It is finally done!
You may order directly from the publisher here1. The book will also be available on Amazon, Barnes and Noble, etc. in about a month. I’ll update this post with the links when the book is in the distribution channels. Order as many copies as humanely possible.
I have had several requests for signed copies. I’ll be happy to do this for people. If you want a signed book, please email me at email@example.com. Please use “SIGNED COPY” as a subject line, and include your address in the body of the email. I’ll buy a few books from the publisher and then re-ship them out to people who want a copy. The charge will be the same as the publisher’s plus the same as they charge for Media Mail shipping and handling ($5.90), plus $1.15 cents (to cover tax). This makes the cost an even US$32.00. Payment will be arranged through PayPal (apparently, you don’t have to have an account to pay this way). I’ll send those who email me a PayPal “Request for Payment”; after that is received, I’ll ship the book (anywhere in the world).
Because I first have to order copies, sign them and then mail them out, it will of course take longer for you to get your book. I will wait a couple of days to see how many people email so I have a rough idea of how many books I should order.
I have two permanent places for news of the book:
- My books tab (see upper right of screen): general news and information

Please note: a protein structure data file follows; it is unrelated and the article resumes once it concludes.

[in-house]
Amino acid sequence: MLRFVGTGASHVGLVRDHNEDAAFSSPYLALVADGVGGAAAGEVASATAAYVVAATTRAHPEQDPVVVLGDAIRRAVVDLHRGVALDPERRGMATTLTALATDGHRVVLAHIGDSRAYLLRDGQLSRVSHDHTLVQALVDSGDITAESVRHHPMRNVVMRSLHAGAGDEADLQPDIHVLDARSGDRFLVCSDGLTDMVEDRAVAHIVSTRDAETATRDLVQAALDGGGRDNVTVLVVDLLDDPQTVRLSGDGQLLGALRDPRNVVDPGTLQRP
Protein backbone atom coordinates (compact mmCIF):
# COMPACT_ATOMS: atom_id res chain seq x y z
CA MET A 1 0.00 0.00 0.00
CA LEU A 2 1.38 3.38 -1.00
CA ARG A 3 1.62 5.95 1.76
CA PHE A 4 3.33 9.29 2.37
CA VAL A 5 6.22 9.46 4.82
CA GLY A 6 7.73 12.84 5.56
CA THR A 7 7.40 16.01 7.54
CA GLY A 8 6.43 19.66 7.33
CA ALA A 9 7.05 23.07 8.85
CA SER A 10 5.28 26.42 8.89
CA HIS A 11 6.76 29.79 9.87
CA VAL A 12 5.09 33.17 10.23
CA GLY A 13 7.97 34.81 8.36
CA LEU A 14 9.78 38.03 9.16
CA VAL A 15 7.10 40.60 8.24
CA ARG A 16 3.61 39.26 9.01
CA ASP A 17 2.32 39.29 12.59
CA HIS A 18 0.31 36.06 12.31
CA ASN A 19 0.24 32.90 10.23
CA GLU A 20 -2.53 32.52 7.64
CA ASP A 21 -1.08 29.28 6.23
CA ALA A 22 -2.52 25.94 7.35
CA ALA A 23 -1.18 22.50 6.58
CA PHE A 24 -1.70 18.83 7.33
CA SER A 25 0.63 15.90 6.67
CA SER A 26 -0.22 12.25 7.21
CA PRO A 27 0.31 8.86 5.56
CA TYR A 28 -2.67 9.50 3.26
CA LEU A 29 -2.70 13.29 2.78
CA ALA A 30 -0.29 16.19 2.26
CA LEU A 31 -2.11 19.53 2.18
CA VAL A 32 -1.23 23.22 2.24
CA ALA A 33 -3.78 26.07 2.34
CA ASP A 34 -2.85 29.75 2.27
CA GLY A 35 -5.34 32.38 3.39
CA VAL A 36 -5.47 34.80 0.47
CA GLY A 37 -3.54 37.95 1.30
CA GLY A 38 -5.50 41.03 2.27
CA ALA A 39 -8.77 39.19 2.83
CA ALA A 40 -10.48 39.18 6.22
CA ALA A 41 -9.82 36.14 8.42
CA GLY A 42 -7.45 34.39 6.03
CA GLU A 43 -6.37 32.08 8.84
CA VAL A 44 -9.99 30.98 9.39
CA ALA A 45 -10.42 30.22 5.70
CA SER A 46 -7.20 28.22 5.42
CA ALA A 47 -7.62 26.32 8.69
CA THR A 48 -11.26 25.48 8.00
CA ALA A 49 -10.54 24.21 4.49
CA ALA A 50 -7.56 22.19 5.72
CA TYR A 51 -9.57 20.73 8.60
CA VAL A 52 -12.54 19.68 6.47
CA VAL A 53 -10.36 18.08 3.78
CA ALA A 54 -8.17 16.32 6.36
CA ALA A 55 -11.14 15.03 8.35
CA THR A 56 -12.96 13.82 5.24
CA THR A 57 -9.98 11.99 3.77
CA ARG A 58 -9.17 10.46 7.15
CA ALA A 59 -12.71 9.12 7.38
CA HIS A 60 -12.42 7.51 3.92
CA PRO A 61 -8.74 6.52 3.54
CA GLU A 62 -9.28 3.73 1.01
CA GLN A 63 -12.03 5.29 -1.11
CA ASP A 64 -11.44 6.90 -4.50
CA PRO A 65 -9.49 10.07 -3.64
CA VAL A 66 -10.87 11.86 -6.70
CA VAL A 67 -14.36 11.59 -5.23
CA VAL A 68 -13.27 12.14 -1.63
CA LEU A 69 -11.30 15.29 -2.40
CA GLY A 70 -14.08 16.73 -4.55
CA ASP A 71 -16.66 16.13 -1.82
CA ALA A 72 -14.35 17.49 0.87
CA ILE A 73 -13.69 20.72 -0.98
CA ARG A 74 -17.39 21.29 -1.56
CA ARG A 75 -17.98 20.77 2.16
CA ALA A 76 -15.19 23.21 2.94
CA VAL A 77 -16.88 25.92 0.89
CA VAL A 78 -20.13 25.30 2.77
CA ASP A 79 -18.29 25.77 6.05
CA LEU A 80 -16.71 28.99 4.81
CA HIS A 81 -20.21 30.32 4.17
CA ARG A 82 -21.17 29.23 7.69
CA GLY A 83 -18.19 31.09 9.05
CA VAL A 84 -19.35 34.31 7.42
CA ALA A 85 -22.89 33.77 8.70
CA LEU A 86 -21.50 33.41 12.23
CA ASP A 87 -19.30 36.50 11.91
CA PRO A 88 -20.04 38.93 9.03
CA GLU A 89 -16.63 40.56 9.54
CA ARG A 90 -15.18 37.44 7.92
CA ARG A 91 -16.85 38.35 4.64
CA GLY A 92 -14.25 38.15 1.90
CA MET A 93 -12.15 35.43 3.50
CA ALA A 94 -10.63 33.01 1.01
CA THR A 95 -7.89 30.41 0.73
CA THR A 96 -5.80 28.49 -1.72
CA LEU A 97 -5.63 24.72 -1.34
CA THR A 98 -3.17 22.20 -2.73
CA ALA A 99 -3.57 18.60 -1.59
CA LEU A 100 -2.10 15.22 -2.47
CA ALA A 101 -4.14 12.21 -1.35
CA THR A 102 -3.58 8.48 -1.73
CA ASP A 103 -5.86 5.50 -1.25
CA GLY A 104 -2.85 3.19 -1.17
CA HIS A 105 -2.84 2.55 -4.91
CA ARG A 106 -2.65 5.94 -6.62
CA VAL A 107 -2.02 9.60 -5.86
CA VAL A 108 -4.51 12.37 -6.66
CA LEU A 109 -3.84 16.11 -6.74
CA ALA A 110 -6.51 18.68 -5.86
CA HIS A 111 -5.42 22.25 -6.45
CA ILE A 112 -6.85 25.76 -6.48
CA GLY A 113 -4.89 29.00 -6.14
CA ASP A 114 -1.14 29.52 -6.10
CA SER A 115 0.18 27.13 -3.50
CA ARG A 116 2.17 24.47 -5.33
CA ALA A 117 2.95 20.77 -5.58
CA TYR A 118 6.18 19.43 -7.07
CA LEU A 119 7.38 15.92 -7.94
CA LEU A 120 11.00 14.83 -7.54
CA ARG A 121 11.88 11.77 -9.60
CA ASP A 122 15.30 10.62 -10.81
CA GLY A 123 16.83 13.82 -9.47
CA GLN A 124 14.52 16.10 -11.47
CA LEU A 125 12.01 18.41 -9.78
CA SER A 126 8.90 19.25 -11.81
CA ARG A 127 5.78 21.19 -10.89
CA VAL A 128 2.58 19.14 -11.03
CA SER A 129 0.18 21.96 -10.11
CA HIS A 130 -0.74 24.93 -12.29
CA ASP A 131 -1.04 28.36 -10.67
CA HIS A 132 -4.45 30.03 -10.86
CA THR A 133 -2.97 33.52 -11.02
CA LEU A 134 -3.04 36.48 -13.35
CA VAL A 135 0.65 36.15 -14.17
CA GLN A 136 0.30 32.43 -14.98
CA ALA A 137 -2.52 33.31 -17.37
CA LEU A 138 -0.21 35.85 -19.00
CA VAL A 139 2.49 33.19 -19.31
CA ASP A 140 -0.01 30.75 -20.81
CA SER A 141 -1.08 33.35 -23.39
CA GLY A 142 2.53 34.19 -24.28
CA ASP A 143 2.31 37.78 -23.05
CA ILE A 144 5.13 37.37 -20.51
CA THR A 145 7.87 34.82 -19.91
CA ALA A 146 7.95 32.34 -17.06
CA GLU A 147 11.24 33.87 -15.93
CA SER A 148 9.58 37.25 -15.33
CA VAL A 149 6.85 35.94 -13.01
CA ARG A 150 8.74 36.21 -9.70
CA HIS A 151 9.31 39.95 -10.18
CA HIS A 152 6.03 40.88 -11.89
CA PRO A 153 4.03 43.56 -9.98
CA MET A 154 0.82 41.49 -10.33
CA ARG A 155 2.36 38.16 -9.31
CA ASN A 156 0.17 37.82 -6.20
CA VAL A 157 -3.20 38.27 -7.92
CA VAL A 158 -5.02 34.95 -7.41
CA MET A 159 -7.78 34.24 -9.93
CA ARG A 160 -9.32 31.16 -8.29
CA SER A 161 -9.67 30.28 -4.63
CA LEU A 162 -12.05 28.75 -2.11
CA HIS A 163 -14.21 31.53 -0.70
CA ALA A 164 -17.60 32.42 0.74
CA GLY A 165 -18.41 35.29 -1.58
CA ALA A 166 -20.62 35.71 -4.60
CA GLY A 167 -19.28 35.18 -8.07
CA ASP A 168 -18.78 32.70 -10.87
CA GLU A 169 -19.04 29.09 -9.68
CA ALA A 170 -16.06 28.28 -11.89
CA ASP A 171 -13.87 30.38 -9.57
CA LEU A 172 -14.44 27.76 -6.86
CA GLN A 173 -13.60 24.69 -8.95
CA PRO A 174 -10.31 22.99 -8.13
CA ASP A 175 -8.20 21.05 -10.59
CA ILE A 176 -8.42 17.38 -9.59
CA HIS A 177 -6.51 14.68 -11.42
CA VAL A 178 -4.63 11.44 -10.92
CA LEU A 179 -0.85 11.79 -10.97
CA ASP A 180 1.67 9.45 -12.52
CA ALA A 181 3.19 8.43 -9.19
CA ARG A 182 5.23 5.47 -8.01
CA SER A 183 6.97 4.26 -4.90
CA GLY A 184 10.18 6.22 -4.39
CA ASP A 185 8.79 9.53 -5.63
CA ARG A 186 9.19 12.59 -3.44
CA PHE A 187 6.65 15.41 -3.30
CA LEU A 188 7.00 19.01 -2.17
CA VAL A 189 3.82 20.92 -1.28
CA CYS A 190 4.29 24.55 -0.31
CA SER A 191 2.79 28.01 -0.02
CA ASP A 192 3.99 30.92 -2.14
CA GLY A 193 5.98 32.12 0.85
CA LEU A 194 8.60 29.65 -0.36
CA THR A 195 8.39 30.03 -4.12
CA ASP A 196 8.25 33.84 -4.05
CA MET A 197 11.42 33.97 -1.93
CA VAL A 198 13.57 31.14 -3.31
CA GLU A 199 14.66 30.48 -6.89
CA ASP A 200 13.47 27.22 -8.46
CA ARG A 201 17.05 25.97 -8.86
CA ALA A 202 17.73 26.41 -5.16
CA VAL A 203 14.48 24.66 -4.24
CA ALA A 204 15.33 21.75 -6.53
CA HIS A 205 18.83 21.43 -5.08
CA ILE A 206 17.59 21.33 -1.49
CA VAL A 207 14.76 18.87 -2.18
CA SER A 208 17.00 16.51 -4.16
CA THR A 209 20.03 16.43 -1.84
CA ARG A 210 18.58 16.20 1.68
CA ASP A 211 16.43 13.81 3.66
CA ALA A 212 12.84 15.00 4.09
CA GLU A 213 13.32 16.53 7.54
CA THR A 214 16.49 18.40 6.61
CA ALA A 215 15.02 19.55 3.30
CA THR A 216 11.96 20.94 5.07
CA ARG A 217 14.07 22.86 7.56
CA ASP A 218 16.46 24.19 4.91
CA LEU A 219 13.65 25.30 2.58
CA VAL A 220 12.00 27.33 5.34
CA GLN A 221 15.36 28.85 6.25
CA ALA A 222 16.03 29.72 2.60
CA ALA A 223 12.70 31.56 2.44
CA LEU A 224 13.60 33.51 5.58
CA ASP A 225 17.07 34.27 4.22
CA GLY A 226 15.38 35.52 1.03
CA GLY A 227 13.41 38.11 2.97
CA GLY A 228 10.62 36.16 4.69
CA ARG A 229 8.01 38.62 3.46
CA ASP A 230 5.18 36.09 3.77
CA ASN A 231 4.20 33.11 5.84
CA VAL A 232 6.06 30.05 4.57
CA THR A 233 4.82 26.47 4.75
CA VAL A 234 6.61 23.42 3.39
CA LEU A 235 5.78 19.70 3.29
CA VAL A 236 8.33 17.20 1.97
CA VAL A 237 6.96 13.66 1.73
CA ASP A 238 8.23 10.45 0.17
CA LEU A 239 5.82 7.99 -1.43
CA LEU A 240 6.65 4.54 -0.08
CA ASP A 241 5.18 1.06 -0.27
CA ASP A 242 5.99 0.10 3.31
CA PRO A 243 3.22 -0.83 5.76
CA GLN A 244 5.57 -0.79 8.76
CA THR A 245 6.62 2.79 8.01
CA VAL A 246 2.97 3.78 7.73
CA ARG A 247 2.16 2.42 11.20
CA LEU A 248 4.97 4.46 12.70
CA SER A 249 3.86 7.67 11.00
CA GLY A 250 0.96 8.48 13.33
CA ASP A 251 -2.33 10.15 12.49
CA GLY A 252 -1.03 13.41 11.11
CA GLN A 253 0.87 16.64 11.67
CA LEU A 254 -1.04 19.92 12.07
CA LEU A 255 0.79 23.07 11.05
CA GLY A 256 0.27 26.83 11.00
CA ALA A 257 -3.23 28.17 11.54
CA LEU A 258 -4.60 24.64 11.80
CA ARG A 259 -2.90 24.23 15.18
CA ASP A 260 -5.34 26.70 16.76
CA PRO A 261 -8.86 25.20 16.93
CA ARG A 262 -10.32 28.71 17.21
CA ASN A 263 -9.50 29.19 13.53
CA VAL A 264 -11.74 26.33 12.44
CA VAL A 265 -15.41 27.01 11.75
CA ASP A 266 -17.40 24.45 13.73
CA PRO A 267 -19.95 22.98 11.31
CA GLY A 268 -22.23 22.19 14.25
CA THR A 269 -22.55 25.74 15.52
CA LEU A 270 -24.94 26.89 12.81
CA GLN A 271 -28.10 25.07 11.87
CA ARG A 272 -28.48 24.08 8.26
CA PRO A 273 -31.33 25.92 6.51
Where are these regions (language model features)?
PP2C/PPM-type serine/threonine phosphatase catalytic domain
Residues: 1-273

- Code page: free R code examples, erratum, links to papers, data, etc.
Why is this book different?
Statistics has traditionally been taught decade after decade in a fashion that is long outdated. This book presents a brand new way of understanding probability and statistics at the introductory level. The approach taken does not require mindless memorization. There is very little math, and what there is requires nothing beyond multiplication and division. This book takes busy work out of standard statistics and puts insight back in.
The regular readers of my blog, where parts of this book previewed piece by piece, provided razor sharp editing and keen questioning and kept me from making major blunders. So thanks to (screen names) Mike D, JH, Harvey, Joy, Noahpoah, Harry G, Bernie, Lucia, Luis Dias, Noblesse Oblige, Charlie (Colorado), Dan Hughes, Mr C Physics, Jinnah Mohammed, Ari, Steve Hempell, Wade Michaels, Raphael, TCO, Sylvain, Schnoerkelmanon, and many others (sorry if I left you out!). Any mistakes left are obviously their fault.
I use the book in my own classes, of course, and a few other professors have been either using a draft or have expressed interest in the book for their classes. If, by some miracle, the book becomes popular, I’ll start working on a “Answers to Selected Exercises” or, given that I get substantial comments from actual class use, a Second Edition. But that is all in the far, far future.
If you are a professor of a statistics class and want to chat about the book, send me an email at firstname.lastname@example.org and we can set up a time to talk. I have had great success with this approach for beginning students and can let you know how I run the class. Some guidelines are also given in the Preface.
1The cover art looks terrible on the publisher’s page. They have scaled it down from an enormous PDF to a small JPEG and it is pixelated. It looks great when printed, however.